“Dr. Plambeck’s support for this new facility in Kearney and her permanent support for UNK faculty members and academic programs is yet another extension of her tremendous interest in education and her life’s work in this vital area of early childhood education,” said University of Nebraska Foundation President and CEO Brian Hastings.
Pending board approval, the building will be funded by state funds through LB 957 and dedicated facility funds from the Plambeck gift.
A celebration and ceremonial ground-breaking for the building is planned for September.
About the LaVonne Kopecky Plambeck Early Childhood Education Center
Construction Start: Contractors will break ground later this summer (August)
Completion: Summer 2019
Size: 19,900 square feet
Cost: $7.8 million
Capacity: 176 children from infant to age six.
Other: A model for exemplary early childhood education, early childhood educator preparation, and research, the facility replaces the Child Development Center in the existing 1955 Otto Olsen building. In addition to training undergraduate and graduate students and integrating coursework from all across all three of UNK’s academic colleges and University of Nebraska Medical Center, the ECEC will serve Kearney-area children and families with developmentally appropriate early education.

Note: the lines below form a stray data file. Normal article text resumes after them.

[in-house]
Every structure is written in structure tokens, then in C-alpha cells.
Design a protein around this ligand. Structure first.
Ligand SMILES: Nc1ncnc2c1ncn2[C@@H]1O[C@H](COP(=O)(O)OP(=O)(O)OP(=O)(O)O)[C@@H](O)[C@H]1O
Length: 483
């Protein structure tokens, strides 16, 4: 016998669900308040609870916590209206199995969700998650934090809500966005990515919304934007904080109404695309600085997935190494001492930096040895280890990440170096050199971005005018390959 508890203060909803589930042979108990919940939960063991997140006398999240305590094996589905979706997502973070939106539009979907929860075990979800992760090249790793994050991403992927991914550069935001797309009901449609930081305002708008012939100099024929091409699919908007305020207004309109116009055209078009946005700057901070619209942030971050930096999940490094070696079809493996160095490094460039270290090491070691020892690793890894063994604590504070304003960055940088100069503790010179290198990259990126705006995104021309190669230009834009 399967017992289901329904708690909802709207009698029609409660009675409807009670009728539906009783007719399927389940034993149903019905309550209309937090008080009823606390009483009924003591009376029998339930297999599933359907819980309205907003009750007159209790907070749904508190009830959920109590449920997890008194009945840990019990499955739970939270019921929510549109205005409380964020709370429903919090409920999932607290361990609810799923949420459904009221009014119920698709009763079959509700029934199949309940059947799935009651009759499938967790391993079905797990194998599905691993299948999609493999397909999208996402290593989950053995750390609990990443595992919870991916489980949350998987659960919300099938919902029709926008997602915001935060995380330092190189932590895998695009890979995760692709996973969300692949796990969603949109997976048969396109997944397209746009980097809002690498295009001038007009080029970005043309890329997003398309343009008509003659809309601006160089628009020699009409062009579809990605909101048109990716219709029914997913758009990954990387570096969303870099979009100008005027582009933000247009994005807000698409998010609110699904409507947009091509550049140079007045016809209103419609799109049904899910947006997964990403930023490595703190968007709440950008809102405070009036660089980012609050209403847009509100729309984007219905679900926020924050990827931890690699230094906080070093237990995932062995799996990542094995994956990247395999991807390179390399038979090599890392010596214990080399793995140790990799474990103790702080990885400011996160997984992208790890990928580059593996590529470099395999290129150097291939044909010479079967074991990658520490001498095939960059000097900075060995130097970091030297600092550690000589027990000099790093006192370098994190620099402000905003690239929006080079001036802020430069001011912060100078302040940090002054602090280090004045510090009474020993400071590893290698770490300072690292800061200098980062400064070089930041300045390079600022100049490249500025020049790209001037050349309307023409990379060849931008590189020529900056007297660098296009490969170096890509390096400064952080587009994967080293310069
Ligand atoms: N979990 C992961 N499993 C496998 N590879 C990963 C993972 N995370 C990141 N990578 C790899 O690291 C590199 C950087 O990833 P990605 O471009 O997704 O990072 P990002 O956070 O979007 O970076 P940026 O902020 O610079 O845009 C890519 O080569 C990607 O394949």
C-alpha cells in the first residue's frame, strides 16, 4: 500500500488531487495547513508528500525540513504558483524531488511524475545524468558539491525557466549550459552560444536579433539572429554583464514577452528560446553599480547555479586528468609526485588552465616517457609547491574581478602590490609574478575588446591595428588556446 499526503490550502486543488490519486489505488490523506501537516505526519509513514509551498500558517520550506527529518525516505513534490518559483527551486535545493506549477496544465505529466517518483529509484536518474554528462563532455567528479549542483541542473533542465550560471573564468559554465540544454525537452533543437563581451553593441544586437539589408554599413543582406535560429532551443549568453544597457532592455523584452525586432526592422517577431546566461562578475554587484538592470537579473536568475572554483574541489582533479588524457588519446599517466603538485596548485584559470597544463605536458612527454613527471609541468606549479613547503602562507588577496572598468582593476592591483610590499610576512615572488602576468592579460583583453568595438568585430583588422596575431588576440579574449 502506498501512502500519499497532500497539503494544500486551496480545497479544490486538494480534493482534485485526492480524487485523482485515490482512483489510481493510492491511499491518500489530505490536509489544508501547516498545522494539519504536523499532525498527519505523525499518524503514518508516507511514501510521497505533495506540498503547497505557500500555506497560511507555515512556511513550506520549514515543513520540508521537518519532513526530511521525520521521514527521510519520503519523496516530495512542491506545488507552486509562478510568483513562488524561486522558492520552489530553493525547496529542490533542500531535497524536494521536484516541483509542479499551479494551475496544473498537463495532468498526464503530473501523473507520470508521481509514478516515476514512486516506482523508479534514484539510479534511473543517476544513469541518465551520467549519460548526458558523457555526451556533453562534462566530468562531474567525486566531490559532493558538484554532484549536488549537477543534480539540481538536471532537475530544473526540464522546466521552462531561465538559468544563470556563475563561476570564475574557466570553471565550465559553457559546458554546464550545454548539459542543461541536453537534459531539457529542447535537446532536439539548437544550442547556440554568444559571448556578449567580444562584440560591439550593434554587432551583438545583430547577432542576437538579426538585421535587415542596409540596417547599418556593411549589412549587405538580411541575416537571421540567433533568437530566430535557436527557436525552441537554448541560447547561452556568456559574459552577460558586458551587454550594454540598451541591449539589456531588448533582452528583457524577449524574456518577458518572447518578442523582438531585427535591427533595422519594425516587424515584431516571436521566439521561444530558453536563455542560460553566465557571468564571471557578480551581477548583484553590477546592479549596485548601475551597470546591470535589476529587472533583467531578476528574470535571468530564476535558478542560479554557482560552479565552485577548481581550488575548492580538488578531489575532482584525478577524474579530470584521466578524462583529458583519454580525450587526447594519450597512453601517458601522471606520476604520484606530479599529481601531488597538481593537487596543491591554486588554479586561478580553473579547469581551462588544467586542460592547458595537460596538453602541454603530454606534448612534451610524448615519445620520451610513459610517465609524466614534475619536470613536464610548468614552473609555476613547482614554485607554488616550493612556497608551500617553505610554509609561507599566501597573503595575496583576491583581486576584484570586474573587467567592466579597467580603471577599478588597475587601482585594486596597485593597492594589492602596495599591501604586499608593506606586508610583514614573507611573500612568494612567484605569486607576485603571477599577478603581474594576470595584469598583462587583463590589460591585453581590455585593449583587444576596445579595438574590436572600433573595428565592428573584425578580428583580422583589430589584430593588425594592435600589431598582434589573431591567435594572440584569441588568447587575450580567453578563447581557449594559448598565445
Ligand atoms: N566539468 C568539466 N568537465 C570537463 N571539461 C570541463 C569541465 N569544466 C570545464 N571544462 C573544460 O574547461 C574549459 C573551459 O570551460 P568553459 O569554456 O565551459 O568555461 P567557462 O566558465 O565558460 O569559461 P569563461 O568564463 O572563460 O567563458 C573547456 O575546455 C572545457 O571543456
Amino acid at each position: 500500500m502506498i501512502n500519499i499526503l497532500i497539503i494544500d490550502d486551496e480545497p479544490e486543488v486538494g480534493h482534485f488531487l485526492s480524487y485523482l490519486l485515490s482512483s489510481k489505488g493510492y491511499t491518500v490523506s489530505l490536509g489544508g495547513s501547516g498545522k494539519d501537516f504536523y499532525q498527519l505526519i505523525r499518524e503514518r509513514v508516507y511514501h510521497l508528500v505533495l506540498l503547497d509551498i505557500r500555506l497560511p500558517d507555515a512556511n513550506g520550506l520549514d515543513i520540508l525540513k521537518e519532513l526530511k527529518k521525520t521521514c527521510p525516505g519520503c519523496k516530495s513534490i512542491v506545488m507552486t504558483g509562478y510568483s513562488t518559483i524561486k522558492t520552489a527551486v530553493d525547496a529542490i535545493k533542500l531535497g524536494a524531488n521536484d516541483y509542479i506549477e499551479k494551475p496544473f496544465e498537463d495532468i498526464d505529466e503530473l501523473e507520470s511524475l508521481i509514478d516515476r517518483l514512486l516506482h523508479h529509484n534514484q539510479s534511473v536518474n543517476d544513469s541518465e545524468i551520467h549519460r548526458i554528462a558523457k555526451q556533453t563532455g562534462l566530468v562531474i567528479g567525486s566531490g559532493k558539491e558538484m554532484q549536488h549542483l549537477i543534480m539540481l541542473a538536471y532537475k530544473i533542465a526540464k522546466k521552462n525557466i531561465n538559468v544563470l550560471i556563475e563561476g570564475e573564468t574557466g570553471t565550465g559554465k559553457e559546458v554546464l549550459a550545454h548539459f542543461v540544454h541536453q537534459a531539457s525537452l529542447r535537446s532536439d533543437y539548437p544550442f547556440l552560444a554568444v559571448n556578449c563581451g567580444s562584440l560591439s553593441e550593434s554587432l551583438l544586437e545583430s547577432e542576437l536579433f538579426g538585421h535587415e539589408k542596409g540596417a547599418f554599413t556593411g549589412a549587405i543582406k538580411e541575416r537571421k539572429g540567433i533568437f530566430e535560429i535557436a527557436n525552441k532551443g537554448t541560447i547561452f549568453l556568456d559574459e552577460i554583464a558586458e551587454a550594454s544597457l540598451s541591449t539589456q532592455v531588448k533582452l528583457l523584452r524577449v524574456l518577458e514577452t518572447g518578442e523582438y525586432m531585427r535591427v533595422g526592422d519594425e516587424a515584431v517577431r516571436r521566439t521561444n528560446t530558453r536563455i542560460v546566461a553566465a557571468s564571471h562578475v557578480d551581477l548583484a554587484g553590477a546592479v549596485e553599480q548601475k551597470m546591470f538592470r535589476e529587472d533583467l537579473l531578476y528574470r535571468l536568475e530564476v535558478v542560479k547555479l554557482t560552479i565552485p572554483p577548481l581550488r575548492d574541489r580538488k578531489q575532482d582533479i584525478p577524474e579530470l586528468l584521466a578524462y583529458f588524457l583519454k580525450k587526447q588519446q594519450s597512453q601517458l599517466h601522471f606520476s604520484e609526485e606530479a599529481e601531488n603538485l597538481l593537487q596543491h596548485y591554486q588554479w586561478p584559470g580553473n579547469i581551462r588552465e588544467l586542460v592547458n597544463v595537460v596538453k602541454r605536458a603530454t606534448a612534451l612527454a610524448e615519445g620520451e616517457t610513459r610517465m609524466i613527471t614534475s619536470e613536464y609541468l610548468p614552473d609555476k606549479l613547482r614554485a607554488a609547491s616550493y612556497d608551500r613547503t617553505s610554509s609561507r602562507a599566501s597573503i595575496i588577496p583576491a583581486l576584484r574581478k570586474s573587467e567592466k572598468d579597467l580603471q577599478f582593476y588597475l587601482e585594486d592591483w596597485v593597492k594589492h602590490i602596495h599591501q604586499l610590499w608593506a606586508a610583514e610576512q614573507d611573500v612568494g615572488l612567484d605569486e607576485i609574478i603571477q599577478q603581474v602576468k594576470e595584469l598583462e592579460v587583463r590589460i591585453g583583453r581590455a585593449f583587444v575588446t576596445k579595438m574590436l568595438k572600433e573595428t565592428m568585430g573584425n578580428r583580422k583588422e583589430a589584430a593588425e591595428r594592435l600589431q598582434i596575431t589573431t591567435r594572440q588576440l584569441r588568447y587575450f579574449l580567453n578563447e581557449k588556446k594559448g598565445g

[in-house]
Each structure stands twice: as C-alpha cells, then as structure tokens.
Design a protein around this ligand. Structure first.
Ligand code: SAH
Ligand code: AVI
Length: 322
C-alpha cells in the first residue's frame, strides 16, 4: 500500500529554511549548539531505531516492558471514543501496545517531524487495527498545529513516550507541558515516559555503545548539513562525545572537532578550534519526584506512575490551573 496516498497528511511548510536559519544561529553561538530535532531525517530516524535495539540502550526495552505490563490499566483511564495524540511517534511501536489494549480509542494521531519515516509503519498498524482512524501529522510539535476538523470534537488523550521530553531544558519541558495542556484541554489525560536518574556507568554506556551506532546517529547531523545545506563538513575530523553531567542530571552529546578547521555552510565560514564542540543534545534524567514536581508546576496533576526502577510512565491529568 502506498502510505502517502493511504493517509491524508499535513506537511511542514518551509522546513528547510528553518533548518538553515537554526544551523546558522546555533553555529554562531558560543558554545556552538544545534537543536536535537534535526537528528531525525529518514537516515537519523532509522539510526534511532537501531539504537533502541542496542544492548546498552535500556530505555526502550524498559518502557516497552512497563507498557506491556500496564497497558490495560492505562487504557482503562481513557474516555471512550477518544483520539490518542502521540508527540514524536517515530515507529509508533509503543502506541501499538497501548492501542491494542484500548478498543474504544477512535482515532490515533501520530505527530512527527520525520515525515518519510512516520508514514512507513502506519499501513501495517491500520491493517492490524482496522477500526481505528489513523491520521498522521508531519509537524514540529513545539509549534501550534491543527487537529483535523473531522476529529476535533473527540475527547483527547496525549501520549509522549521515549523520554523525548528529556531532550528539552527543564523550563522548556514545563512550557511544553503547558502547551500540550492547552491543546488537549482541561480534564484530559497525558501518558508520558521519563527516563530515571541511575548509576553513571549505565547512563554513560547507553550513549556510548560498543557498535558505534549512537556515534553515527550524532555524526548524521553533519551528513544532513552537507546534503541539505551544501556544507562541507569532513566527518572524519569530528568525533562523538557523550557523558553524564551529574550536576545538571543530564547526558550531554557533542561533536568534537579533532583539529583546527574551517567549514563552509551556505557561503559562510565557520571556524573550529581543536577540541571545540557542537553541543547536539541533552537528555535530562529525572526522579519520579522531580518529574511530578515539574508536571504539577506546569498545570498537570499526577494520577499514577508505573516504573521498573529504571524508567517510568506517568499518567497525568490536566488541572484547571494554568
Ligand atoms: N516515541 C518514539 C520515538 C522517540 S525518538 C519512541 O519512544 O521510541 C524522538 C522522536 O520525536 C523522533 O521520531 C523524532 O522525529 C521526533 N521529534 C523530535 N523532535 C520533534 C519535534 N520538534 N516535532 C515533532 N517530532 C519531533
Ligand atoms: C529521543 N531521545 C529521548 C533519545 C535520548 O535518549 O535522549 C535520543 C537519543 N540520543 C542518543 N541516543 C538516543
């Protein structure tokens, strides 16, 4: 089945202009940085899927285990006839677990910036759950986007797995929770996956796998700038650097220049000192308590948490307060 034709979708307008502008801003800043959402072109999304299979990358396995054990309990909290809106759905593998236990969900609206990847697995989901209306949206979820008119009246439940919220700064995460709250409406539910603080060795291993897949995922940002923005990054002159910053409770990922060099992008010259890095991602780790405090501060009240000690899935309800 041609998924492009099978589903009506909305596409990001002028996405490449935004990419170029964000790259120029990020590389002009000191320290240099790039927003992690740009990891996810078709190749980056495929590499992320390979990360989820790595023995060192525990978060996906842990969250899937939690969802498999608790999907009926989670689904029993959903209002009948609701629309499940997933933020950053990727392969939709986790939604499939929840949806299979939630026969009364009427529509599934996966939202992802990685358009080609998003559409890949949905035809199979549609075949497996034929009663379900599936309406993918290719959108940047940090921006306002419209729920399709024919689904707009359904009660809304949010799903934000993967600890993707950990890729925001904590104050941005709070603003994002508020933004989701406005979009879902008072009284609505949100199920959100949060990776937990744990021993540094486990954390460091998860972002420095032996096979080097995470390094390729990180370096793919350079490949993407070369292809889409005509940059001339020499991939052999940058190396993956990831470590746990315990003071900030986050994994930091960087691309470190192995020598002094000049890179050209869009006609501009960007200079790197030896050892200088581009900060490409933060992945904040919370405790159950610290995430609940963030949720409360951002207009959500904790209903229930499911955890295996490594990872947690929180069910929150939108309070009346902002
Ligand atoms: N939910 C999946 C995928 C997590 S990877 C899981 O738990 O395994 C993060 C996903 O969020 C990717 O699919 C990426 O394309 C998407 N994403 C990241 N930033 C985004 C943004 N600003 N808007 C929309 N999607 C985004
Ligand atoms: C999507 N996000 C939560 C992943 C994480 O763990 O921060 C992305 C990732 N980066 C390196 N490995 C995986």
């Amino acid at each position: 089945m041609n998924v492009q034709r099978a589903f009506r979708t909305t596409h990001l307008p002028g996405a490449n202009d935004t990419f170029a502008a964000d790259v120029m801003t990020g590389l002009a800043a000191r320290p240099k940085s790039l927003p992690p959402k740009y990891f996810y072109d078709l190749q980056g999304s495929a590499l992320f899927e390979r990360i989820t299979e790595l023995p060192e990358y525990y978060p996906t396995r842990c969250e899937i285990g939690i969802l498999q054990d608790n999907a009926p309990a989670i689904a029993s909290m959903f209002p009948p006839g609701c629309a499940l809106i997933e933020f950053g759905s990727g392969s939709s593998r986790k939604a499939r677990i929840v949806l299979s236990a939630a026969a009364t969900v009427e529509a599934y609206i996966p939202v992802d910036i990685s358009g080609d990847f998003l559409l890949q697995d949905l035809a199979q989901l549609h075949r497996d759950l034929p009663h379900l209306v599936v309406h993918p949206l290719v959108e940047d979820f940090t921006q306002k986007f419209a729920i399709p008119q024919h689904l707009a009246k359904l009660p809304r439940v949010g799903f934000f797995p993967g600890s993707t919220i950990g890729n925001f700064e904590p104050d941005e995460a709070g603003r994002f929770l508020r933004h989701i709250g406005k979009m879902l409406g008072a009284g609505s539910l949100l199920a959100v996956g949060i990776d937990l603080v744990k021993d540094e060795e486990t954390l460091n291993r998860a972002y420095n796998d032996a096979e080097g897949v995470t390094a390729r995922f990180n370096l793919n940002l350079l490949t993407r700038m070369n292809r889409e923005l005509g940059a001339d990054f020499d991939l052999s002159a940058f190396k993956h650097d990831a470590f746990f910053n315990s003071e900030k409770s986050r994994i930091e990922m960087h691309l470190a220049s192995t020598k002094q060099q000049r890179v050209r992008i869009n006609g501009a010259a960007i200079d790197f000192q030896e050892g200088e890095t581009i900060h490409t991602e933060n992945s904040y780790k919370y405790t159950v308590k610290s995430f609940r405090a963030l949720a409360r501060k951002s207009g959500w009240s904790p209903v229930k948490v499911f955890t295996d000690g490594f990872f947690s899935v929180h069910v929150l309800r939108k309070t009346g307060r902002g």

Classrooms: When completed in fall 2019 the ECEC will feature three research-based philosophies of Early Childhood Education: Eclectic (Waldorf, Reggio and others), Montessori, and Project Based. One classroom will be devoted to Project Based Early Childhood Education, two classrooms to Montessori, and eight classrooms to Eclectic.
He tells the story of a boy in pain.
His right leg hurt. A disease called linear scleroderma was slowly taking it over — “suffocating it,” he says, stunting it, starting the year he was 4. While the boy’s body grew, that leg did not. He walked with a weird gait.